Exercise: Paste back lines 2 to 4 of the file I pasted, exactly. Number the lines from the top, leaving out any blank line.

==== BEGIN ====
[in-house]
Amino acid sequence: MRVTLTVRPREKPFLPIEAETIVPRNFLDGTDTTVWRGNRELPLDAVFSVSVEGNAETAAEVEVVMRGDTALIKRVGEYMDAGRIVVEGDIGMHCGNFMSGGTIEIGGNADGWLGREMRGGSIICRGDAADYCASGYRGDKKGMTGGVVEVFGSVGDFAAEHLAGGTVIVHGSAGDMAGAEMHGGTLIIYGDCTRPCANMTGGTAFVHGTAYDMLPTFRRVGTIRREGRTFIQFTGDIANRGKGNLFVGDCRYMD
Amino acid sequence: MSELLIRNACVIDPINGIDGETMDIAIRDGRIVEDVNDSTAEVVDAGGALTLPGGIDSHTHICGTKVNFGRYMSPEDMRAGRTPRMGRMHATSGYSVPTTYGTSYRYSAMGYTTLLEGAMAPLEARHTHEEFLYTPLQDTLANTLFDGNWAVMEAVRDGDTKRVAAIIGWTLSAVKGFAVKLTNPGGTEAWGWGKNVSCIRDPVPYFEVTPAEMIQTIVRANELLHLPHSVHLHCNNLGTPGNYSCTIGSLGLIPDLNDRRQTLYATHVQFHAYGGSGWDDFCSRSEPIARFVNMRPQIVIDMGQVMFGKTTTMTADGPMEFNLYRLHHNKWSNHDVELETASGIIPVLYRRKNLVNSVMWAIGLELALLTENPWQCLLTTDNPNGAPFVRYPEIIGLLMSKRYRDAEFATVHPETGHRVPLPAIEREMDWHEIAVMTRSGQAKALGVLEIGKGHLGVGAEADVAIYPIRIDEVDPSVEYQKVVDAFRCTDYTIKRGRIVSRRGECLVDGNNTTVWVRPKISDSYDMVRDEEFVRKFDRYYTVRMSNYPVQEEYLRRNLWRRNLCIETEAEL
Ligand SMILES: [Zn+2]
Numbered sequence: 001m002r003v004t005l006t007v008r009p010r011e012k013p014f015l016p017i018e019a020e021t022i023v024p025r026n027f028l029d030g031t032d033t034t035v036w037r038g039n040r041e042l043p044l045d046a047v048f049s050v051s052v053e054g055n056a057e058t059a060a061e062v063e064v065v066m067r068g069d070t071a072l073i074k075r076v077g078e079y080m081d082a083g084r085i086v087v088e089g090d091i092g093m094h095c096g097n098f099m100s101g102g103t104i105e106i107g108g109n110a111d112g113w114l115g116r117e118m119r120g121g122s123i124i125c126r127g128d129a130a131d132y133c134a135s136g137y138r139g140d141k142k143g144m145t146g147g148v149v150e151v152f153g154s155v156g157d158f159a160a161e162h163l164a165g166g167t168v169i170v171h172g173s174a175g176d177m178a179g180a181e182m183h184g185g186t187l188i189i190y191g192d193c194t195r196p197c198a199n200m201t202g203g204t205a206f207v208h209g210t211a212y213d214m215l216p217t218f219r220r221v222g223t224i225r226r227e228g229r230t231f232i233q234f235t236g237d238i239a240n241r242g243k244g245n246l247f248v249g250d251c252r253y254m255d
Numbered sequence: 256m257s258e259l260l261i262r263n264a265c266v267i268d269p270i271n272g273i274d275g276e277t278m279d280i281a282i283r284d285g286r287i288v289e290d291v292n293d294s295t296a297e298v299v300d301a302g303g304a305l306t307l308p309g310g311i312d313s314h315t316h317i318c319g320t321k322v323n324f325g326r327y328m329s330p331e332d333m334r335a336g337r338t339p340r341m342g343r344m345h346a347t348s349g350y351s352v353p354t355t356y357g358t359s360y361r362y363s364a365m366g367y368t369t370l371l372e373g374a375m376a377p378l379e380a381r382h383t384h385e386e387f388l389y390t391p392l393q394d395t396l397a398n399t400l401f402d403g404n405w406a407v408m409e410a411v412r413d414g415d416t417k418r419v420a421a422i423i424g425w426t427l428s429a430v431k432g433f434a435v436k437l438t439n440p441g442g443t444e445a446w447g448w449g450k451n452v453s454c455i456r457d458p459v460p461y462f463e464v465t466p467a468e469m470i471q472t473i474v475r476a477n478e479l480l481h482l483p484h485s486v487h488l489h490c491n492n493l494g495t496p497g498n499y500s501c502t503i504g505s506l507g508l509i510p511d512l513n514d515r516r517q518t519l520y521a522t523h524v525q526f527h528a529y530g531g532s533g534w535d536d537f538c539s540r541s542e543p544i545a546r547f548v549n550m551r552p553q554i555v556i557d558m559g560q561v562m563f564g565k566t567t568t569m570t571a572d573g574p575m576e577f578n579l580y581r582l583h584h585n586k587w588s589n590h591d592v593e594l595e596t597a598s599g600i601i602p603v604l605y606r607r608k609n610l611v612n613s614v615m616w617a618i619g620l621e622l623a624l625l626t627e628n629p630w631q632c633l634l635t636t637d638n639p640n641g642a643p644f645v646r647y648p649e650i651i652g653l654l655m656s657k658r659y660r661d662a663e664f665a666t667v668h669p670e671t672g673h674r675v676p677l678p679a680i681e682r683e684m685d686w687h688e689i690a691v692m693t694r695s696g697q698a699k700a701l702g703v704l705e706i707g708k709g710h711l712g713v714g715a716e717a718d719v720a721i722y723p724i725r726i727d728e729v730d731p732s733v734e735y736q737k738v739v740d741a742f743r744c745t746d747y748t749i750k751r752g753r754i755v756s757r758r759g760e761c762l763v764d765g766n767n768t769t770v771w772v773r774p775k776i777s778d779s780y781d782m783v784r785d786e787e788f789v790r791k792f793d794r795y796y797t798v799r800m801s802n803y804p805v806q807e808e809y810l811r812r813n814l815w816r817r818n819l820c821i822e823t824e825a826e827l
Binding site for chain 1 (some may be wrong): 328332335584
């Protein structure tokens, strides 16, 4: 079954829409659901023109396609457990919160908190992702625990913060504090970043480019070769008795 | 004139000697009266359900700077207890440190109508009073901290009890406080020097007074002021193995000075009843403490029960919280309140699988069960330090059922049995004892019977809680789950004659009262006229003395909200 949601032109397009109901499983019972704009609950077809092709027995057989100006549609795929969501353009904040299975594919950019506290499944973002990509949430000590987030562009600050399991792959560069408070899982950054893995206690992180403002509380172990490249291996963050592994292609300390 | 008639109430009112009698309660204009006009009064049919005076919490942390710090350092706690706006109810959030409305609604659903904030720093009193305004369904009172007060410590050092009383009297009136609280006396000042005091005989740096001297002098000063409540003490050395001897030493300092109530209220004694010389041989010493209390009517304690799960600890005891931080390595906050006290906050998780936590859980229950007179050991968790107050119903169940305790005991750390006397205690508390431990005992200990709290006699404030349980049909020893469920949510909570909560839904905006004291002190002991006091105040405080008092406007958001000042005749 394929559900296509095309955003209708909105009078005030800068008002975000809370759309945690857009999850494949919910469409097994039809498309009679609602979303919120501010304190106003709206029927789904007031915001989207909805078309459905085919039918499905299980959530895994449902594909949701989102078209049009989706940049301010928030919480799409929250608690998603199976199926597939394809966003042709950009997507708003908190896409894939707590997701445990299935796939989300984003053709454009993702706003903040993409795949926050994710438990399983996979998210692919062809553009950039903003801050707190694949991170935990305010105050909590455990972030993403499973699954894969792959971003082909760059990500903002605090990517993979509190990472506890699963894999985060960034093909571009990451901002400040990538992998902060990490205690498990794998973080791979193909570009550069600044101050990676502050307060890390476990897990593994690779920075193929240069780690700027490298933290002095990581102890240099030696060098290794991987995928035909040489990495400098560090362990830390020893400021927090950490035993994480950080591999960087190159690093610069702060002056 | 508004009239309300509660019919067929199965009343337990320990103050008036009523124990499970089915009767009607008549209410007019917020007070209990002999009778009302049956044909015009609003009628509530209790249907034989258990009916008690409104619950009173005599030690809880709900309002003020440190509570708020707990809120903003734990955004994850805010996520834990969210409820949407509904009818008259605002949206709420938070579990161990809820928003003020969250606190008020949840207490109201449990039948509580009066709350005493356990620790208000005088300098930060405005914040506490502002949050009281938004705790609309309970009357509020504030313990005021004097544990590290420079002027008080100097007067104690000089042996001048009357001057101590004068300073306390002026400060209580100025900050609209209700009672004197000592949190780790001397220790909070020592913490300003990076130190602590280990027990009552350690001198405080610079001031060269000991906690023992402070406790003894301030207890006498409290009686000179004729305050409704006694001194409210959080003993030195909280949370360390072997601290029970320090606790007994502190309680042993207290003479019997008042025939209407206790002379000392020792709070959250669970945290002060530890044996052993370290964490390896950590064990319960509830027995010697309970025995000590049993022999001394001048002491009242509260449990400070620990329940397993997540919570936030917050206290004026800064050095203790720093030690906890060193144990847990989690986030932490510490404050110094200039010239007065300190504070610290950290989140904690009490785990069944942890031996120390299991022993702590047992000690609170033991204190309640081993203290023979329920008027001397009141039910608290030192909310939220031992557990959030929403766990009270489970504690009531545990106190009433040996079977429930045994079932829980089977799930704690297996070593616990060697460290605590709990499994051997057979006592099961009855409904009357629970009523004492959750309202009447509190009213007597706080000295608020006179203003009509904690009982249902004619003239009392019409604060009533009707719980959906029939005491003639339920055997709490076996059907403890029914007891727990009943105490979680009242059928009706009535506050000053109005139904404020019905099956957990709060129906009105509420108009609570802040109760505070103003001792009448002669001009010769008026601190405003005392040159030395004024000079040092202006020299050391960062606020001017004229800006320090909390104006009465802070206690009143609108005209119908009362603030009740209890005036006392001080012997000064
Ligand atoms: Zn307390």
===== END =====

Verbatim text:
Amino acid sequence: MRVTLTVRPREKPFLPIEAETIVPRNFLDGTDTTVWRGNRELPLDAVFSVSVEGNAETAAEVEVVMRGDTALIKRVGEYMDAGRIVVEGDIGMHCGNFMSGGTIEIGGNADGWLGREMRGGSIICRGDAADYCASGYRGDKKGMTGGVVEVFGSVGDFAAEHLAGGTVIVHGSAGDMAGAEMHGGTLIIYGDCTRPCANMTGGTAFVHGTAYDMLPTFRRVGTIRREGRTFIQFTGDIANRGKGNLFVGDCRYMD
Amino acid sequence: MSELLIRNACVIDPINGIDGETMDIAIRDGRIVEDVNDSTAEVVDAGGALTLPGGIDSHTHICGTKVNFGRYMSPEDMRAGRTPRMGRMHATSGYSVPTTYGTSYRYSAMGYTTLLEGAMAPLEARHTHEEFLYTPLQDTLANTLFDGNWAVMEAVRDGDTKRVAAIIGWTLSAVKGFAVKLTNPGGTEAWGWGKNVSCIRDPVPYFEVTPAEMIQTIVRANELLHLPHSVHLHCNNLGTPGNYSCTIGSLGLIPDLNDRRQTLYATHVQFHAYGGSGWDDFCSRSEPIARFVNMRPQIVIDMGQVMFGKTTTMTADGPMEFNLYRLHHNKWSNHDVELETASGIIPVLYRRKNLVNSVMWAIGLELALLTENPWQCLLTTDNPNGAPFVRYPEIIGLLMSKRYRDAEFATVHPETGHRVPLPAIEREMDWHEIAVMTRSGQAKALGVLEIGKGHLGVGAEADVAIYPIRIDEVDPSVEYQKVVDAFRCTDYTIKRGRIVSRRGECLVDGNNTTVWVRPKISDSYDMVRDEEFVRKFDRYYTVRMSNYPVQEEYLRRNLWRRNLCIETEAEL
Ligand SMILES: [Zn+2]